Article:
Wildy logo
(020) 7242 5778

Wildy’s Book News

Book News cover photo

Vol 23 No 5 May/June 2018

Book of the Month

Cover of Drafting Commercial Agreements

Drafting Commercial Agreements

Price: £110.00

Offers for Newly Called Barristers & Students

Special Discounts for Newly Called & Students

Read More ...

Secondhand & Out of Print

Browse Secondhand Online


Sealy millman 2018 jp
Desmith out now
Luba housing

Bank Funding, Liquidity, and Capital Adequacy: A Law and Finance Approach

ISBN13: 9781783479160
Published: October 2016
Publisher: Edward Elgar Publishing Limited
Country of Publication: UK
Format: Hardback
Price: £65.00

Despatched in 3 to 5 days.

Focusing primarily on the banking system in the United States, this book offers an innovative framework that integrates a depository bank's liquidity and its capital adequacy into a unified notion of funding that helps to explain how the 2007-2008 crisis unfolded, why central banks succeeded in resolving the crisis, and how the conceptual legacy of the crisis and its resolution led to lasting changes in bank funding regulation, including new objective requirements for bank liquidity.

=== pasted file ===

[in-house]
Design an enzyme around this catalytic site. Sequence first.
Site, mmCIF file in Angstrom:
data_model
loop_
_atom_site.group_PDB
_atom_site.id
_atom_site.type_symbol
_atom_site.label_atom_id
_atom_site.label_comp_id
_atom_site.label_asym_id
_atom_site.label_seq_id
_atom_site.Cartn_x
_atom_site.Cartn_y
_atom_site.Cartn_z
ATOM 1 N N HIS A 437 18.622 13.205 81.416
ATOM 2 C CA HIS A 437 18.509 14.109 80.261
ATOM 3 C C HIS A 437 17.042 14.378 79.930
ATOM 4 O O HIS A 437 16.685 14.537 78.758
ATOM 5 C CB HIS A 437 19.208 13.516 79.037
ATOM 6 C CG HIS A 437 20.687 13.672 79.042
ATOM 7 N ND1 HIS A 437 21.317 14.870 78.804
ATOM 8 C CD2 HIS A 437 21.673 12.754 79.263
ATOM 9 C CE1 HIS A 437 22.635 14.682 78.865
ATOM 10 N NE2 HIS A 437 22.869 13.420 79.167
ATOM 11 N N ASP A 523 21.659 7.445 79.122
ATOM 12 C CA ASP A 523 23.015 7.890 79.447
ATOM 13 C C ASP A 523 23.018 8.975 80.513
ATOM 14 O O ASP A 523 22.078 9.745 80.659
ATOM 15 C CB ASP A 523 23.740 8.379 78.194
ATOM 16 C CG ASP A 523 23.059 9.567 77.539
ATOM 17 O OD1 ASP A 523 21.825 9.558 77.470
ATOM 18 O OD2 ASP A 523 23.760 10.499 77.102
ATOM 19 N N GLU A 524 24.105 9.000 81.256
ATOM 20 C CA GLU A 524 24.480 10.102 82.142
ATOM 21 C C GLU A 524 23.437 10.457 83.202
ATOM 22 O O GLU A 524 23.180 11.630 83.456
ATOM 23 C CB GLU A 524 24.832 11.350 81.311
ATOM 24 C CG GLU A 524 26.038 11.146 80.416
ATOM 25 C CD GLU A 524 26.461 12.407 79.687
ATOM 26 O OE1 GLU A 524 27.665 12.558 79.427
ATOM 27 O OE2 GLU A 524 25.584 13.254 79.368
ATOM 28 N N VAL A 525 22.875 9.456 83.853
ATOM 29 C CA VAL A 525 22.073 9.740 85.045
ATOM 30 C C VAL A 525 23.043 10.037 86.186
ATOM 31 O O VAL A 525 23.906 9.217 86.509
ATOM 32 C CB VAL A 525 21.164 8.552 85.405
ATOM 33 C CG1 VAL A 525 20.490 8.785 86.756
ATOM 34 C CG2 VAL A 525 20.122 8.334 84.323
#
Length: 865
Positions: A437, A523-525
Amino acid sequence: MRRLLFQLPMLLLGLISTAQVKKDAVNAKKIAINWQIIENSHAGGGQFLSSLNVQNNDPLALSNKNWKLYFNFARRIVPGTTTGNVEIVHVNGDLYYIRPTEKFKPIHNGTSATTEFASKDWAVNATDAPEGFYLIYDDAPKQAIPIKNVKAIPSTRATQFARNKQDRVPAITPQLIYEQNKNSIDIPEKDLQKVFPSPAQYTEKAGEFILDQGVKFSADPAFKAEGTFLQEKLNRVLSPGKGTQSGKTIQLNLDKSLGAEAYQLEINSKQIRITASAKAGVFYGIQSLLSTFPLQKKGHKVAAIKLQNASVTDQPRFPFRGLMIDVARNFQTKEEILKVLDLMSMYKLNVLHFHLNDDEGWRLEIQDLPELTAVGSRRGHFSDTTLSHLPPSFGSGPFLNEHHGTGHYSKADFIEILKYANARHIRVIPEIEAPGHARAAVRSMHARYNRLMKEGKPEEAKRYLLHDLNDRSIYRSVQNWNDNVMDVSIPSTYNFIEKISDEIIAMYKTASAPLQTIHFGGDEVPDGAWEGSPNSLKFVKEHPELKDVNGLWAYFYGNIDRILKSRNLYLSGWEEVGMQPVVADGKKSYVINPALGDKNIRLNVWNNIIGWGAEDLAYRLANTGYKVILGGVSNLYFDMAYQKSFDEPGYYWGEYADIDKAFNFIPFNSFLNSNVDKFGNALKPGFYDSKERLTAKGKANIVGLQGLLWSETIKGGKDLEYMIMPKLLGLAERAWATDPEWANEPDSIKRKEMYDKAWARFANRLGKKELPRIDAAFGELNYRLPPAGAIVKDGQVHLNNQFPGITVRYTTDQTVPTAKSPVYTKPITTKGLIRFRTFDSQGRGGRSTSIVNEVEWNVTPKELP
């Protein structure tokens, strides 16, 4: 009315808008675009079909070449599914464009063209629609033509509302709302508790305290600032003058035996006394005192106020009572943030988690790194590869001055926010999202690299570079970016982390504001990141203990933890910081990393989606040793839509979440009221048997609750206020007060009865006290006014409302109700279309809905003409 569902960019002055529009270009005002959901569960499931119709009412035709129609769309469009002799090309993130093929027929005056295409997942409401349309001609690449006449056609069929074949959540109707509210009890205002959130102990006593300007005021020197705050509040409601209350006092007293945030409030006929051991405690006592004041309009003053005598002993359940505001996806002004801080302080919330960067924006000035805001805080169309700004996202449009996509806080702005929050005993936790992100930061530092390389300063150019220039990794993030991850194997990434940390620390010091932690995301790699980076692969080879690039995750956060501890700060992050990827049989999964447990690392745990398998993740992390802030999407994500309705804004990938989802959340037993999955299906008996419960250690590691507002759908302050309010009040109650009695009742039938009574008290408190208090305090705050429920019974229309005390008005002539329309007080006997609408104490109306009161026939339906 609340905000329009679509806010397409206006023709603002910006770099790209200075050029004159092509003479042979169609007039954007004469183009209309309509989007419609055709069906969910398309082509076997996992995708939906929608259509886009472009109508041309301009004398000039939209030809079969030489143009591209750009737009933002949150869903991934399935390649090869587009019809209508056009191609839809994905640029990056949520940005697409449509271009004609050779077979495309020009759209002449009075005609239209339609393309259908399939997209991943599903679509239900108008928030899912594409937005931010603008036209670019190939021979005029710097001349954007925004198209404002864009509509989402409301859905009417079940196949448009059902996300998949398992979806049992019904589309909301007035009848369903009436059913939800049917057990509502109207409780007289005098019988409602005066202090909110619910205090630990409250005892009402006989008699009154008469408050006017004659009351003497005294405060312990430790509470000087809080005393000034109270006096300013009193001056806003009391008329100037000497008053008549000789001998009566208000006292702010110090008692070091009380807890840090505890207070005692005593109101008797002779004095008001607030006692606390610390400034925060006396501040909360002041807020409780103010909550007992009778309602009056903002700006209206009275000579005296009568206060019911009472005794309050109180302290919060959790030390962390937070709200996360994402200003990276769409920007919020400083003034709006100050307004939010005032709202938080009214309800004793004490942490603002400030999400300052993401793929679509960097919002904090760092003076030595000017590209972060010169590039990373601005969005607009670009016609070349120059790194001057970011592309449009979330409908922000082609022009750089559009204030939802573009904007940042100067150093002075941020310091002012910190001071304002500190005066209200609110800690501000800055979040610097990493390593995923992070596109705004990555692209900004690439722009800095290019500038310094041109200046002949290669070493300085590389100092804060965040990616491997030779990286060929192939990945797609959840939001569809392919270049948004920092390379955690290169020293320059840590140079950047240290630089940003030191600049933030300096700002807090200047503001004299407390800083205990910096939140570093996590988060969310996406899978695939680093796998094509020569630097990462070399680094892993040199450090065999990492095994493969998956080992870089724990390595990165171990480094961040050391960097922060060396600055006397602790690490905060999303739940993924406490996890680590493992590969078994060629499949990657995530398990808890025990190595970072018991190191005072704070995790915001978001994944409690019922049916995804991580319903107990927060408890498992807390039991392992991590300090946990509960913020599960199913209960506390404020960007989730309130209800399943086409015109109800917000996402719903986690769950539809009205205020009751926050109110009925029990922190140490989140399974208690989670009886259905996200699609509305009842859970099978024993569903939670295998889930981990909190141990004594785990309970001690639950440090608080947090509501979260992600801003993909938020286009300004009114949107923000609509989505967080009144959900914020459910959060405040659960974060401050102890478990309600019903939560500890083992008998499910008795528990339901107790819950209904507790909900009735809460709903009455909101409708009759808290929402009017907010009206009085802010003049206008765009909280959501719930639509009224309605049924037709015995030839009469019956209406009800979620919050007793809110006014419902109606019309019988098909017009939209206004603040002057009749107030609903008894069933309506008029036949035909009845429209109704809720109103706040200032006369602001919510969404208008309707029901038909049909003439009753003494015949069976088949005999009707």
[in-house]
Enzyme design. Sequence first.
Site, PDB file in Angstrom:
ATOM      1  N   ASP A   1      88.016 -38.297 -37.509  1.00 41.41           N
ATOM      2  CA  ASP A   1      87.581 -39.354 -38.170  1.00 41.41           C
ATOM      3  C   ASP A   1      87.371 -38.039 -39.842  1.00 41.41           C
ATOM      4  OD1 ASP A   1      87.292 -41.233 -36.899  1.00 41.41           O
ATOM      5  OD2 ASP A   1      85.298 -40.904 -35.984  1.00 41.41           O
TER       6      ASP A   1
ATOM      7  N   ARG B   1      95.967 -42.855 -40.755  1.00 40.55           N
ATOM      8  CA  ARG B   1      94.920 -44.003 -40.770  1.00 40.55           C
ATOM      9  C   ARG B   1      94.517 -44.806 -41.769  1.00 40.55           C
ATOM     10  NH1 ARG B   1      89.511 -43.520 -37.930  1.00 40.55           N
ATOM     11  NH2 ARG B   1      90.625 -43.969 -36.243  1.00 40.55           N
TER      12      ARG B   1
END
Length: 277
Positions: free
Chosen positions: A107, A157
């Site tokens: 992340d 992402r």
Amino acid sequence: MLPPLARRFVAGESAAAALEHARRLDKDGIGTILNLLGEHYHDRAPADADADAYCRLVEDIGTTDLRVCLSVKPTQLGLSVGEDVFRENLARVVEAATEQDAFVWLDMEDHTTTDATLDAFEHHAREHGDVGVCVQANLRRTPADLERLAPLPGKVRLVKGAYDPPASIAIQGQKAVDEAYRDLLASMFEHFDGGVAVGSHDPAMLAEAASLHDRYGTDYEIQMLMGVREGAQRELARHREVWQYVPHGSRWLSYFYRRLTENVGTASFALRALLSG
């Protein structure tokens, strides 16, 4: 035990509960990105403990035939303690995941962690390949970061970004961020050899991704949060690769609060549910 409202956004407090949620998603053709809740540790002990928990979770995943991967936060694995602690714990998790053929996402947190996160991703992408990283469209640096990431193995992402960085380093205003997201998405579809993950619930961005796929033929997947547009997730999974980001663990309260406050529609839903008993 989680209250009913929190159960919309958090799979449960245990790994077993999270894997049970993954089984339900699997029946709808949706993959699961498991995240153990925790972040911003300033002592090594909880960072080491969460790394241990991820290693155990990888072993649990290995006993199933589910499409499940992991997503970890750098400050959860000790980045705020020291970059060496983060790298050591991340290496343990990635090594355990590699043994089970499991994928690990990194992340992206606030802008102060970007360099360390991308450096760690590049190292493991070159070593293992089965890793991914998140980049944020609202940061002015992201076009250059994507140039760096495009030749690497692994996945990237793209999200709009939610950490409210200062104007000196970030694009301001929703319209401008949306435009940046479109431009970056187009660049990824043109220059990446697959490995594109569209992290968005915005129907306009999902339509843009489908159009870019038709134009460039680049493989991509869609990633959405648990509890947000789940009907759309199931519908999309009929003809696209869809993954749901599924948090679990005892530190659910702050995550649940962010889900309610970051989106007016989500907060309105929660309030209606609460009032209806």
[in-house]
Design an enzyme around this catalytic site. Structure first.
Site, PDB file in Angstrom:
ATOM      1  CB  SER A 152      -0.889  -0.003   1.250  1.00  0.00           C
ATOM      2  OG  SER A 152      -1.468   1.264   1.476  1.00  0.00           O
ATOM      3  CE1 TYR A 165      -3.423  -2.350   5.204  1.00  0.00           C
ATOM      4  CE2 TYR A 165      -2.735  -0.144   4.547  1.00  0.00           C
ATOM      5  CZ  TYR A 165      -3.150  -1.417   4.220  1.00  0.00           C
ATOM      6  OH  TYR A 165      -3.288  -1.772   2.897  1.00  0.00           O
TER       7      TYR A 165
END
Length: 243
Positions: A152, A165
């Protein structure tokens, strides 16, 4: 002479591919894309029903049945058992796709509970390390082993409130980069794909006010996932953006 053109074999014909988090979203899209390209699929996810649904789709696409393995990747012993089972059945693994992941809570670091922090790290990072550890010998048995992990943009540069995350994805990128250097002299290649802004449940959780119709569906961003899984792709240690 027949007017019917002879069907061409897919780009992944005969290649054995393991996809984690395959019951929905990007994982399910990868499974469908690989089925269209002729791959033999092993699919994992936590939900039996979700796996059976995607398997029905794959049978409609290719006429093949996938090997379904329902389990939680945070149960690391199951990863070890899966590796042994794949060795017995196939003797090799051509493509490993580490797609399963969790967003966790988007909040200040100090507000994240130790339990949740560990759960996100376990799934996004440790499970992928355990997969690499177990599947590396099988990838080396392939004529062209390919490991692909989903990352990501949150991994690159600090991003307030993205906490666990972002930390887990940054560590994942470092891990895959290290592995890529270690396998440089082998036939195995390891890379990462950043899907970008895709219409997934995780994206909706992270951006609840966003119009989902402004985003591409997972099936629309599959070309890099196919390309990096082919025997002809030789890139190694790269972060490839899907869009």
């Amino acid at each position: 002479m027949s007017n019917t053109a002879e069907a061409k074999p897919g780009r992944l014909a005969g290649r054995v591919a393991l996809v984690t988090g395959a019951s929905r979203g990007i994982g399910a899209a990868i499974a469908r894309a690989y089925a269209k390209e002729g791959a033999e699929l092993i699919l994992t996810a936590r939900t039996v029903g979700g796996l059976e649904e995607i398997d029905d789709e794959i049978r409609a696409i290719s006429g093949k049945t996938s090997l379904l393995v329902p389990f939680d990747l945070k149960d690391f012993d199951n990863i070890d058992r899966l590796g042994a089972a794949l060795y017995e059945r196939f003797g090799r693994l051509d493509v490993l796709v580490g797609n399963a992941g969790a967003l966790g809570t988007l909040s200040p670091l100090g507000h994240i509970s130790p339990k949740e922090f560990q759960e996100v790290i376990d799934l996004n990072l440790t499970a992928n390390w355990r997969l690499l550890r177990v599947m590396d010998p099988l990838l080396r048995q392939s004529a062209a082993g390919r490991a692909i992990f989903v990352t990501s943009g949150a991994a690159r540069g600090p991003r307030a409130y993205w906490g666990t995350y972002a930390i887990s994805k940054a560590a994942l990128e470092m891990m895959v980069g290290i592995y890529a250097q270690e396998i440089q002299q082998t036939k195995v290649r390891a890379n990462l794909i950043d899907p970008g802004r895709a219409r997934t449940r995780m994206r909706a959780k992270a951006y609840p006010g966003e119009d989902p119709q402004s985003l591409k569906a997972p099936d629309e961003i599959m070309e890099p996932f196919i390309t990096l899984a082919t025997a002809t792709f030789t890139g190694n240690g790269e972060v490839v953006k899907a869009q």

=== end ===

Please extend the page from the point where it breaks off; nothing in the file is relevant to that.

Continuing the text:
To provide a comparative context, the book also examines the funding models of nonbank intermediaries like dealer banks and insurers. This book provides a nuanced understanding of bank funding practices for legal academics interested in banking regulation or corporate finance and helps place prudential regulation and the private law of funding in the context of the banking business model.

Business model scholars, financial academics, and bank regulators will appreciate its readable, integrated approach to understanding some of the most current and conceptually challenging aspects of prudential regulation.

Other Jurisdictions , Banking and Finance, USA
Part I
1. Why Bank Funding?
2. The Wages of Intermediation
3. Other Funding Models
Part II The Crisis And Its Conceptual Legacy
4. Funding Lessons From the 2007-2008 Crisis
Part III Post-Crisis Funding Reform
5. Regulatory Capital
6. Regulatory Liquidity Concluding Observations